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Language is such an integral part of a cultural identity, so intimately linked to who we are, that cultural conflict over dialect and the languages of immigrants has always been a source of tension.
The first waves of Irish immigrants in the 1830s and 40s met with political and social backlash, even though they spoke English, because Americans saw the Irish brogue as something culturally and religiously (Catholic) threatening. The reaction has been similar to every immigrant wave since that time.
Spanglish is not only controversial with English speakers, who see it as an assault on the native tongue they have always spoken, but among Spanish speakers who also see it as a threat to their heritage, with a fear of losing their identity in the English culture they are surrounded by.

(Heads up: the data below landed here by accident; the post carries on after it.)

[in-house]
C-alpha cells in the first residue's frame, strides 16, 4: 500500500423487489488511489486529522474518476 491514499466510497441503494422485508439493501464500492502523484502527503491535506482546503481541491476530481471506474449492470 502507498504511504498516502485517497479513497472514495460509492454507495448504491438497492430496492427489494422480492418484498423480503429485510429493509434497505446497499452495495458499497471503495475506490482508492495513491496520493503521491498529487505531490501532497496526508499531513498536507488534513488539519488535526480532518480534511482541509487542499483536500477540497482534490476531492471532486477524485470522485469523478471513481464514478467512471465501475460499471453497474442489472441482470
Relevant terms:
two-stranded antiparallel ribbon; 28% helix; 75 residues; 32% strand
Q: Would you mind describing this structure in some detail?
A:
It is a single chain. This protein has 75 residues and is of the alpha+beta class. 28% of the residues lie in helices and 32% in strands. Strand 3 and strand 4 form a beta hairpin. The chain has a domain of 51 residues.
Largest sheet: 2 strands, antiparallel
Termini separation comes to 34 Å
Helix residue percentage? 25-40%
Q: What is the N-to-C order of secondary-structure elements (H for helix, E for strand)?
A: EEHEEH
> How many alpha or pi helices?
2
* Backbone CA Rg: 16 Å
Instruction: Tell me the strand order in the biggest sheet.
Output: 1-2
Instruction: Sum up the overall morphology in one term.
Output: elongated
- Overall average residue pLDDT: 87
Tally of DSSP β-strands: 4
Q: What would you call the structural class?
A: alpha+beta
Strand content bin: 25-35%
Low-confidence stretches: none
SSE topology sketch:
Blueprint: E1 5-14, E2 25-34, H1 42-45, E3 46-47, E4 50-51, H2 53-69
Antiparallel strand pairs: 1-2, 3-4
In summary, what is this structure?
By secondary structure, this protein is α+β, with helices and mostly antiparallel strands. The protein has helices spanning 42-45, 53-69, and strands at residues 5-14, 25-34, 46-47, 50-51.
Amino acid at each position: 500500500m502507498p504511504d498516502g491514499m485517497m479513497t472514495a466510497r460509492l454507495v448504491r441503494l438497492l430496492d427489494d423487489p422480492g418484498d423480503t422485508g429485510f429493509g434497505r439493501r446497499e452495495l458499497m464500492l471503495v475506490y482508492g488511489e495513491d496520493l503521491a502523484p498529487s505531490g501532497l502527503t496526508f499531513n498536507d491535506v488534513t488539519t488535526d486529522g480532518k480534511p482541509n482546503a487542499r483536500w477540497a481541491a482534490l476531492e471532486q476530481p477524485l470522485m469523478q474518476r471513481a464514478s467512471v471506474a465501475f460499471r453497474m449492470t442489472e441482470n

Ebonics, or Urban English, also known as African-American Vernacular English, represents a different controversy. The dialect is part of African-American culture, born in slavery and discrimination and developed over the generations as unique to their population. Thus, it is common to feel resentment and resistance when pressured to speak a different dialect of English, especially one common among whites who for so long denied them their cultural and linguistic identity.
Also included in this debate could be the "southern drawl" and the stereotypes Americans have come to associate with it. Ever notice how none of the major mainstream media outlets use news anchors with a southern accent?
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